As the lame duck Michigan Congress finishes it's year, they are attempting to push through some items. One of the items is the Michigan no-fault insurance reform. This law was put into place to protect innocent victims from going bankrupt from medical bills. I have had customers of mine get in accidents and run up medical bills over $1,000,000. One of them was driving down I-94 when someone came down an on-ramp, hit the side of her car and sent her rolling multiple times down the highway. This is exactly what the law is intended for. With medical bills exceeding $1,000,000, she would have gone bankrupt without this coverage. No one should have to file bankruptcy from someone else's actions.
Once the law was put into place, it started to get abused. This abuse is being done by medical facilities, lawyers and "injured victims". If you get injured today at your house and go into the hospital for an x-ray, the hospital will charge your insurance the amount listed on the schedule that they have for your insurance carrier. These prices will vary, however they are listed/scheduled and the medical facility knows what they can receive for their services. If you get injured in an auto accident and need an x-ray, the hospital will charge your auto insurance the amount that they want to charge. There is no set prices or "schedule" for these services. This is obviously a huge problem as these simple services are suddenly costing your auto insurance exponentially more than it costs, Blue Cross, Aetna or whomever your medical insurance will pay. This is the easiest item to fix in this mess. Putting together a schedule will cap the charges on future charges. Even if the cap is twice what the average medical insurance company would pay, it is a cap and double is likely less than what it getting paid out. I believe that it shouldn't be any higher than the highest amount that any of the medical insurances pay, but a cap is better than not cap at all.
False claims are huge issue that needs fixing and is difficult to determine. Early in my career I had a new prospect come into my office and he started asking me questions regarding the medical coverage. After five minutes I realized that this guy knew more about the law than I did as a licensed agent. The "what if" questions and specifics on the law were not anything that a consumer needs to know about when getting auto insurance. I knew in those first few minutes that he was looking for loop holes to exploit, so I excused myself and called the underwriting department for the company that I was working for. Even though we all knew what he was up to, I could have gotten into trouble if I refused to sell him insurance. Over the next two years this individual filed three large medical claims on his insurance policy. He hurt his back loading his car, slipped getting into his car injuring his knee and one other claim. Even with the heads up from me, the company and I knew that he was working the system, but they were unable to prove it.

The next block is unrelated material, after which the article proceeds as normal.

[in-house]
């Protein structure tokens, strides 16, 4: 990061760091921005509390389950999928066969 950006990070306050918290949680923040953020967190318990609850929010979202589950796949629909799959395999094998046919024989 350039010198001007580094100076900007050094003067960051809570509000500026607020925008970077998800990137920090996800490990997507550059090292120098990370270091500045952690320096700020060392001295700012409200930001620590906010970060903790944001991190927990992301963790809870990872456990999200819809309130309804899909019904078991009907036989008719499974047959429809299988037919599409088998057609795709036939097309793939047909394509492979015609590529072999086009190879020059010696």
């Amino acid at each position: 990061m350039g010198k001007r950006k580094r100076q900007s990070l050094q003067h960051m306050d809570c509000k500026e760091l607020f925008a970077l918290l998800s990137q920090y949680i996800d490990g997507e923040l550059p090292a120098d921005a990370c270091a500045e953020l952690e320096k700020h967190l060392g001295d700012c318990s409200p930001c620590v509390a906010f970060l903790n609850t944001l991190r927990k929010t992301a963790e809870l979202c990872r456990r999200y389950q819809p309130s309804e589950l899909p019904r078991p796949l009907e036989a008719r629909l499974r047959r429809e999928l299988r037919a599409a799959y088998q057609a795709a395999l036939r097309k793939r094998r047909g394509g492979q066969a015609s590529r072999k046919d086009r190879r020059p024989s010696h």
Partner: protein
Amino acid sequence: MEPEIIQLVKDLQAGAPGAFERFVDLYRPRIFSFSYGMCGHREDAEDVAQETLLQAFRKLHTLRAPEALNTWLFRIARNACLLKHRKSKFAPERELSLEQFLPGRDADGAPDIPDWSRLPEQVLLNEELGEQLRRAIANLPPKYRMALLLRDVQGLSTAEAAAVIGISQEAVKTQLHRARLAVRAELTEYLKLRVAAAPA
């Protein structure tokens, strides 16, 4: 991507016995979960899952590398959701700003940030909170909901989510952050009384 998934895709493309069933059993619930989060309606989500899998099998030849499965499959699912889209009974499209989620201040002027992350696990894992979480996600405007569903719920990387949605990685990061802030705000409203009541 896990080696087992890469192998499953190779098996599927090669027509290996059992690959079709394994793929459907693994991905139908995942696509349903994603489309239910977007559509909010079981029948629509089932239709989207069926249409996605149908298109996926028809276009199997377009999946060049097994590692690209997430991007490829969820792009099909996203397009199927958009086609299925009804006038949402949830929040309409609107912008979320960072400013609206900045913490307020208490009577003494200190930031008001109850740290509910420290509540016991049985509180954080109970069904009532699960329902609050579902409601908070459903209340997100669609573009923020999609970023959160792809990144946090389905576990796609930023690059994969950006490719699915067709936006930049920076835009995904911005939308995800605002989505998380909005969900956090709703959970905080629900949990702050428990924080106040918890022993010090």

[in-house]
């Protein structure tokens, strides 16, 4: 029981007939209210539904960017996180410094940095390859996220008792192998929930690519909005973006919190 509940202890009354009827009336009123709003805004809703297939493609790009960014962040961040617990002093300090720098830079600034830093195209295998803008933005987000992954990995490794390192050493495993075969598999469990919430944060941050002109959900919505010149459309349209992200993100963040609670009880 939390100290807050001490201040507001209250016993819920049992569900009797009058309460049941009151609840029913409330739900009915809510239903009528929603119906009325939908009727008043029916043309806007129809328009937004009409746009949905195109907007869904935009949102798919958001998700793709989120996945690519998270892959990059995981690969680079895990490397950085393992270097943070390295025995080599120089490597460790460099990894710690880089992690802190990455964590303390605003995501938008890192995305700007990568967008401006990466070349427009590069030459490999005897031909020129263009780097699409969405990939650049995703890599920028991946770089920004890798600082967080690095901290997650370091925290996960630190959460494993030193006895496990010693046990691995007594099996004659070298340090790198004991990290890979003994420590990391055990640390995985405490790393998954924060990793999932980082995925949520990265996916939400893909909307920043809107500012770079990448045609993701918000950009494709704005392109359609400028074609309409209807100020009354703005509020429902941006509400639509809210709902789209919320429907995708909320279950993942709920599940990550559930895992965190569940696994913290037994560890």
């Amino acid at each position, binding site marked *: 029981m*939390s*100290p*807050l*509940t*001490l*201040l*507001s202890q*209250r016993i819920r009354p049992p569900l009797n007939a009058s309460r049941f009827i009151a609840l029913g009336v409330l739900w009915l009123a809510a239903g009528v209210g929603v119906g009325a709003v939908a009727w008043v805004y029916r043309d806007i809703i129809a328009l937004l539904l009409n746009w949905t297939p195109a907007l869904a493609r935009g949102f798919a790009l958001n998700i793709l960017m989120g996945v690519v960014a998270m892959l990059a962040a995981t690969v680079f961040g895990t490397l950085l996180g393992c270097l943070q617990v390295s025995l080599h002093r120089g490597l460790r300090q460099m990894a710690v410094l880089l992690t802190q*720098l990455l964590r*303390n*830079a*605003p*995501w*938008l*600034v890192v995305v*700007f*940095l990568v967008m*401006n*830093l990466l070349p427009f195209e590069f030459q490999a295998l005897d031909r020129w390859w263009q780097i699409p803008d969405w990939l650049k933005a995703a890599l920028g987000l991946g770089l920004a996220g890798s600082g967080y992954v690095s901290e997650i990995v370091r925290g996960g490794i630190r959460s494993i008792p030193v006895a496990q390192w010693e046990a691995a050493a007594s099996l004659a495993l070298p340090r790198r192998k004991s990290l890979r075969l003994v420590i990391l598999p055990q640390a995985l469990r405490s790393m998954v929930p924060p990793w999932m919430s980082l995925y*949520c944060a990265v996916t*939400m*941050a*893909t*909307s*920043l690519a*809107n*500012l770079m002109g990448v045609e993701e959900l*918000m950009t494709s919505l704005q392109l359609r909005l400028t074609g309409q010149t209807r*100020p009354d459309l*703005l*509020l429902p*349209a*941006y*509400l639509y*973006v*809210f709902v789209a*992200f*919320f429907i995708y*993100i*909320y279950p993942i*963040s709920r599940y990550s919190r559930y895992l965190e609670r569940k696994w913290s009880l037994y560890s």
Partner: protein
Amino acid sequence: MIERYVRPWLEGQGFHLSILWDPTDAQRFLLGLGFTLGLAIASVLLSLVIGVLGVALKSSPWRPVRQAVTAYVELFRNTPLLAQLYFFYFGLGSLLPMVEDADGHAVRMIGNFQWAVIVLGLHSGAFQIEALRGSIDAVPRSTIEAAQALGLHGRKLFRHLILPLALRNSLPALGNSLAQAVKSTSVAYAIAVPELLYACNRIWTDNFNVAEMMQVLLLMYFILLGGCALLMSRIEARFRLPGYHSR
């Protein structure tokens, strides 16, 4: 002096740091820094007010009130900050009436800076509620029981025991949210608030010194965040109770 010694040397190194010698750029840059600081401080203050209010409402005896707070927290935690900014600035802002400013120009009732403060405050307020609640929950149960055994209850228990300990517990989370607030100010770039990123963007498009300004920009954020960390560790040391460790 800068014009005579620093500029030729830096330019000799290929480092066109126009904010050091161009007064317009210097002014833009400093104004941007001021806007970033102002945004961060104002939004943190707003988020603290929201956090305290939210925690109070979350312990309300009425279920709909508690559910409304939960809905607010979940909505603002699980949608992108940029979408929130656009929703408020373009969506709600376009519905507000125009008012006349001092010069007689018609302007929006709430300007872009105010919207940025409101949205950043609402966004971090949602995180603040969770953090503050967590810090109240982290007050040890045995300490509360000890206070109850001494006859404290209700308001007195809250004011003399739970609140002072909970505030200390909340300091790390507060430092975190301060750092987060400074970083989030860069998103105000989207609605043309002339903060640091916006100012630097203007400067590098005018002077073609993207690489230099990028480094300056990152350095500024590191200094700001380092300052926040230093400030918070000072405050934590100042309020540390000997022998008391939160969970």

No other state in the union has unlimited medical benefits like our coverage has. Putting a cap on the benefits will limit the cost to the insurance company which should lower the cost to the consumer. This would help lower the costs we all pay, but it doesn't solve the problem and it leaves innocent people vulnerable to massive bills. A cap will kick the can down the road for someone else to deal with. The cap is a short term solution to auto insurance costs without fixing anything else.
It sounds like any possible bill this week would include a cap in addition to a fee schedule. One item that I have not heard this week is transparency. We all deserve to see the flow of money of the Michigan Catastrophic Claims Association. Rep. Pete Lucido has asked for transparency with this. No matter what ends up in the bill, it requires Governor Snyder's signature. In the end the consumer needs to shop around and find the company that is the best fit for them.